For Apple, A Risky Assault On I.B.M.
By David E. Sanger
The New York Times
January 23, 1984
When Apple Computer Inc. introduces its long-awaited Macintosh computer tomorrow, it may represent the last serious assault on the dominance of the International Business Machines Corporation in the personal computer industry.
The Macintosh, unlike many personal computers introduced over the past year, is completely incompatible with the I.B.M. Personal Computer. Thus, it is a gamble for Apple because many of the most widely used computer programs on the market are designed for the I.B.M. machine.
''They are taking an awesome risk,'' said David Lawrence, an analyst for Montgomery Securities in San Francisco. ''The bottom line is 'Can you establish an alternative to I.B.M.?' ''
Whether Apple is successful will depend largely on whether consumers believe that the Macintosh represents such a large technological advance, in computing power and ease of use, that they will choose it over the more secure I.B.M. alternative.
Steven P. Jobs, Apple's chairman and co-founder, and John Sculley, the president and chief executive, said in an interview last week that more than Apple's future rides on the Macintosh. ''This industry survives on constant innovation,'' said Mr. Sculley. ''Unless Apple does it, no one will be able to innovate except I.B.M. But if we are successful, it means there still is a place for new ideas.''
Most of those who have seen the Macintosh, which Apple has previewed for the press and industry analysts, agree that it is refreshing. ''Everything else in the past year has been an echo of I.B.M.; this is a choice,'' said Esther Dyson, editor of Release 1.0, an industry newsletter. ''It won't dislodge the I.B.M. standard, but it is a good No. 2.''
Much about the Macintosh departs from the I.B.M. standard. Instead of 5 1/4-inch disks, which store information permanently, it uses a 3 1/2-inch format. The disks are sturdier and fit easily into a shirt pocket.
Moreover, the computer is driven by the 32-bit Motorola 68000 - a microprocessor that handles 32 pieces of information at a time. That is about twice as powerful as the Intel chip at the heart of the I.B.M. And like Apple's Lisa machine, which floundered last year, the Macintosh relies on a handheld device called a mouse.
Instead of typing instructions, the user rolls the mouse on a desktop. As it moves, the cursor - an arrow that points to specific points on the screen - moves accordingly. The user can give instructions by pointing the mouse to pictures on the screen, such as a file cabinet or wastepaper basket. Or, by using a graphics package called MacPaint, he can draw his own creations.
Mouse Is a Selling Point
The mouse is the Macintosh's biggest selling point because it takes almost no prior knowledge of computers to run the machine. As a result, Apple hopes the computer will appeal to a new market: executives, students and home users who want to use a computer without having to understand its inner workings. Analysts say that the image of simplicity should give the Macintosh a strong position in the marketplace. ''People will like it, because it is a cuddly machine,'' said Mr. Lawrence, the industry analyst. ''The question is whether the simplicity will prove compelling to someone deciding whether to buy a computer.''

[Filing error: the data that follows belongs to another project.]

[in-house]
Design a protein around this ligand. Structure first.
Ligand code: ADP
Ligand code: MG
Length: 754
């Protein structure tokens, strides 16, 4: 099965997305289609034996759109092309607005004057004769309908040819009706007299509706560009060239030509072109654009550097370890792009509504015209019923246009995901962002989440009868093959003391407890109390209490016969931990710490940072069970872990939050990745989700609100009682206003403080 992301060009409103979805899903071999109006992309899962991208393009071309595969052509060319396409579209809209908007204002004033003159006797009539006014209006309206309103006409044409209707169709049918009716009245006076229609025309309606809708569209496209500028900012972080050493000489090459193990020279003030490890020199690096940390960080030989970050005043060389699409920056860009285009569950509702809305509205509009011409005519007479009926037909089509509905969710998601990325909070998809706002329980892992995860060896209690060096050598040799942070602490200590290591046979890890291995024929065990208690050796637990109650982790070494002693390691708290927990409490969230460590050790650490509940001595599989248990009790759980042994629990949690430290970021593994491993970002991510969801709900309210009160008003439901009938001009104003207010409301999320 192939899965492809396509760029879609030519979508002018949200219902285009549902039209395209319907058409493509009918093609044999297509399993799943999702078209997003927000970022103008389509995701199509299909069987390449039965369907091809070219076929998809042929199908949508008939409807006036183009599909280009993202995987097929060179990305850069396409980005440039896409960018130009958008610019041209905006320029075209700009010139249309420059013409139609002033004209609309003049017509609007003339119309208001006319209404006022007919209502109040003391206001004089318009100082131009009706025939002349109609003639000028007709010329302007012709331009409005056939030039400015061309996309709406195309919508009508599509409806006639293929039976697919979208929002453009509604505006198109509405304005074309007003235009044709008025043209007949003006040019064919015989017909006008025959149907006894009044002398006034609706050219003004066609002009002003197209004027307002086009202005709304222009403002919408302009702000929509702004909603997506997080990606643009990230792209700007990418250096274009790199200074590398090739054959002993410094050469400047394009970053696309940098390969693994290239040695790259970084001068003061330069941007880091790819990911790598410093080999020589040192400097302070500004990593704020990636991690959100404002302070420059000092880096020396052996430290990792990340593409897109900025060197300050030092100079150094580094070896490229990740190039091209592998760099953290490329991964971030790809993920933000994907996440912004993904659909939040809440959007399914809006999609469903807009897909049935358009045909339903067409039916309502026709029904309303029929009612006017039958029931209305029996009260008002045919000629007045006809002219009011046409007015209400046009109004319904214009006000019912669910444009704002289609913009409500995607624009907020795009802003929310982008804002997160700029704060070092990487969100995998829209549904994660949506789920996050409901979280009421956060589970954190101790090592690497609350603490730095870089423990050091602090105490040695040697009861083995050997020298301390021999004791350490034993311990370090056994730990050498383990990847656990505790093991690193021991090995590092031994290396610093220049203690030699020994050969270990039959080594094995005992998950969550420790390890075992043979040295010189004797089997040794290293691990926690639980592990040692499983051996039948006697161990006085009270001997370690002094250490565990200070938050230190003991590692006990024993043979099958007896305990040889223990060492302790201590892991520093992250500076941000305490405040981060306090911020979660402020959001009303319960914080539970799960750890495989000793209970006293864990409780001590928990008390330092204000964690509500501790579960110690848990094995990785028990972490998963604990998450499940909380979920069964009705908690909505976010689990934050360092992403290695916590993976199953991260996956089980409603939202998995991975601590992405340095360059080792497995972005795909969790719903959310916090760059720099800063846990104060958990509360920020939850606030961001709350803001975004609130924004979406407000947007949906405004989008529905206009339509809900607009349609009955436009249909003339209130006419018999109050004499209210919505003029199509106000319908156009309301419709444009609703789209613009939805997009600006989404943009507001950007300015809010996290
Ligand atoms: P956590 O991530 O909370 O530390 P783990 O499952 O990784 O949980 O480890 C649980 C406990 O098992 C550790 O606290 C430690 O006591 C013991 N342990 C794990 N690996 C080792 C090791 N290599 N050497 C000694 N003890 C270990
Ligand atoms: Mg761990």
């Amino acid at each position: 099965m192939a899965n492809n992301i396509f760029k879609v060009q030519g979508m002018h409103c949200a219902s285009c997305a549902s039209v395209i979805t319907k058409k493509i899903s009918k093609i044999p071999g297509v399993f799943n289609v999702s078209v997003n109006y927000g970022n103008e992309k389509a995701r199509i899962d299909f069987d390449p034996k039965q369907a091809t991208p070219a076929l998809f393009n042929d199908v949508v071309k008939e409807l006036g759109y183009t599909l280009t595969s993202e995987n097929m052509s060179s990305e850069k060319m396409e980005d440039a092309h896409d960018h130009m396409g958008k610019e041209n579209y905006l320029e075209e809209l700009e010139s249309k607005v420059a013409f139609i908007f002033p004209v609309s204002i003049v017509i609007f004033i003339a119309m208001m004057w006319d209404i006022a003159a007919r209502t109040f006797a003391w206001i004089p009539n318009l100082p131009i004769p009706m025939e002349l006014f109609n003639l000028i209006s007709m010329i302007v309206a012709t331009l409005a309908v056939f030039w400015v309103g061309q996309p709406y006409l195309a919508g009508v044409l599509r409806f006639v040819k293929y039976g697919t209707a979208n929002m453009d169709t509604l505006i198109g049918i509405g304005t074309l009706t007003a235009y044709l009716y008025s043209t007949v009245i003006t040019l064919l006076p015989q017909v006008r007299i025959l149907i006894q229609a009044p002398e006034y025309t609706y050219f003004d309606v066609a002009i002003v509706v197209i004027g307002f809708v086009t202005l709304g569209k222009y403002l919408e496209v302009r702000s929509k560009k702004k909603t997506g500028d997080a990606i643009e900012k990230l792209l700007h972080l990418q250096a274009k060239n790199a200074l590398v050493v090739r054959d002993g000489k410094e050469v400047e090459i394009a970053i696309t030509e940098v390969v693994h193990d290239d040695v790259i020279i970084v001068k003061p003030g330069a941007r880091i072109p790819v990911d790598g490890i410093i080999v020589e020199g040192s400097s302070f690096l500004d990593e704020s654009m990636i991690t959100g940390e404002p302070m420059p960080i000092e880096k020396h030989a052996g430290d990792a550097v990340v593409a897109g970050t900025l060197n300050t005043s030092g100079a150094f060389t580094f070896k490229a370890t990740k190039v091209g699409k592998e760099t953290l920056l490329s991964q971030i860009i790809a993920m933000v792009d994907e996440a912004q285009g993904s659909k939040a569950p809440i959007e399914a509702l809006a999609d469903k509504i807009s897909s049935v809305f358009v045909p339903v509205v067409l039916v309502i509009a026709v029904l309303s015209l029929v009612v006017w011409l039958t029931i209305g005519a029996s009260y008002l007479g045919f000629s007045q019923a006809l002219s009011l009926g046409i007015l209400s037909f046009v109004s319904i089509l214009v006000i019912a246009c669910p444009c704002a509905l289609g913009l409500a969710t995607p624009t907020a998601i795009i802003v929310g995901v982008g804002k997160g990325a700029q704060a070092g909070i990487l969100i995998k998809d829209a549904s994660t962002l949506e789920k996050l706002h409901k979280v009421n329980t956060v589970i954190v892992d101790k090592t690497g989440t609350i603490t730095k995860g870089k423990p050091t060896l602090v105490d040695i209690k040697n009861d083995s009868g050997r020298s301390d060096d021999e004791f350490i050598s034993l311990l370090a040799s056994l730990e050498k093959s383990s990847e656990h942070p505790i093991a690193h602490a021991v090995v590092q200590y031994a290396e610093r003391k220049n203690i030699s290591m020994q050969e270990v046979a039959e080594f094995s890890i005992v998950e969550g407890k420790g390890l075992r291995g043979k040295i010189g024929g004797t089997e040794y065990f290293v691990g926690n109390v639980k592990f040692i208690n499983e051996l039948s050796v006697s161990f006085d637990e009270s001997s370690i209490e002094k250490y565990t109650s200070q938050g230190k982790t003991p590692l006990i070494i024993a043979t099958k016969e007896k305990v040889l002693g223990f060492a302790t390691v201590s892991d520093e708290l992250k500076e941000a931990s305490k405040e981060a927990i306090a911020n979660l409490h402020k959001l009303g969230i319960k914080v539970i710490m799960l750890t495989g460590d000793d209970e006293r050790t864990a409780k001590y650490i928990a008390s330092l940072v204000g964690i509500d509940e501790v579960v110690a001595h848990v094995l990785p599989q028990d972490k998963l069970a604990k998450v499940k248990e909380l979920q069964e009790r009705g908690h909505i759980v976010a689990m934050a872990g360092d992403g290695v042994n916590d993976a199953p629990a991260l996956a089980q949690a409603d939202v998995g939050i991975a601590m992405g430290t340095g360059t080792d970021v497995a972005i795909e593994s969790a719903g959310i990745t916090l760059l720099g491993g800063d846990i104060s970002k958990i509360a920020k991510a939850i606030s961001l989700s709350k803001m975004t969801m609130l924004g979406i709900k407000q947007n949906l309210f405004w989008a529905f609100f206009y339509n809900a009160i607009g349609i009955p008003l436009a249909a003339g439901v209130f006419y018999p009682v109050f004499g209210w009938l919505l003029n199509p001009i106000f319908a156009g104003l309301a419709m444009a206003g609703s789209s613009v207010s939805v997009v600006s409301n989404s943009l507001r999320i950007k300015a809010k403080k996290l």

But the success of the Macintosh may depend less on the design of the hardware than on the availability of software, the programs that give the machine its operating instructions. I.B.M.'s success has snowballed because it made the technical specifications of its Personal Computer available to third parties, and as a result, thousands of specialized programs are on the market.
Similarly, Apple put prototypes of the Macintosh in the hands of some software manufacturers as long ago as early last year. And it will announce tomorrow that more than 80 software manufacturers have agreed to write programs for the machine.
Among them are Microsoft Corporation, which developed the operating system for the I.B.M. Personal Computer, and Lotus Development Corporation, which soon will have a version of its Lotus 1-2-3 spreadsheet program for the Macintosh.
''The list of people is great,'' said Miss Dyson. But determining how many will actually come through with marketable programs, she said, ''is like inviting people to a party. The question is how many will show up.''
Apple officials say that more than 500 programs should be available by the end of the year and that the software will also operate on the new generation of Lisa machines, which the company is introducing tomorrow, too. The new Lisa will sell for between $3,495 and $5,495, depending on the size of the memory storage. It will be aimed at the business market.
One of the biggest attractions of the Macintosh may be its price. For $2,500, purchasers will receive a keyboard, a mouse, a high-resolution video screen, 128,000 characters of internal memory and one disk drive. A similar configuration from I.B.M. would cost about $1,000 more.
But there is disagreement over how well Macintosh sales will hold up beyond this year. Mr. Lawrence, for example, believes that ''the problems may come when the first market - university students and professional looking for a machine to use at home - is no longer growing.'' At that time, he said, ''you have to move up to the business users, where I.B.M. has really locked in.'' For that reason, he and others say that while Apple can make inroads temporarily on I.B.M.'s market, they cannot do serious damage over the long run.
Miss Dyson said the critical period is its first few months. ''Once you have created a standard and gotten the software in place, things get easier,'' she said.
GRAPHIC: photo of Steven Jobs and John Sculley (page D5)
Copyright 1984 The New York Times Company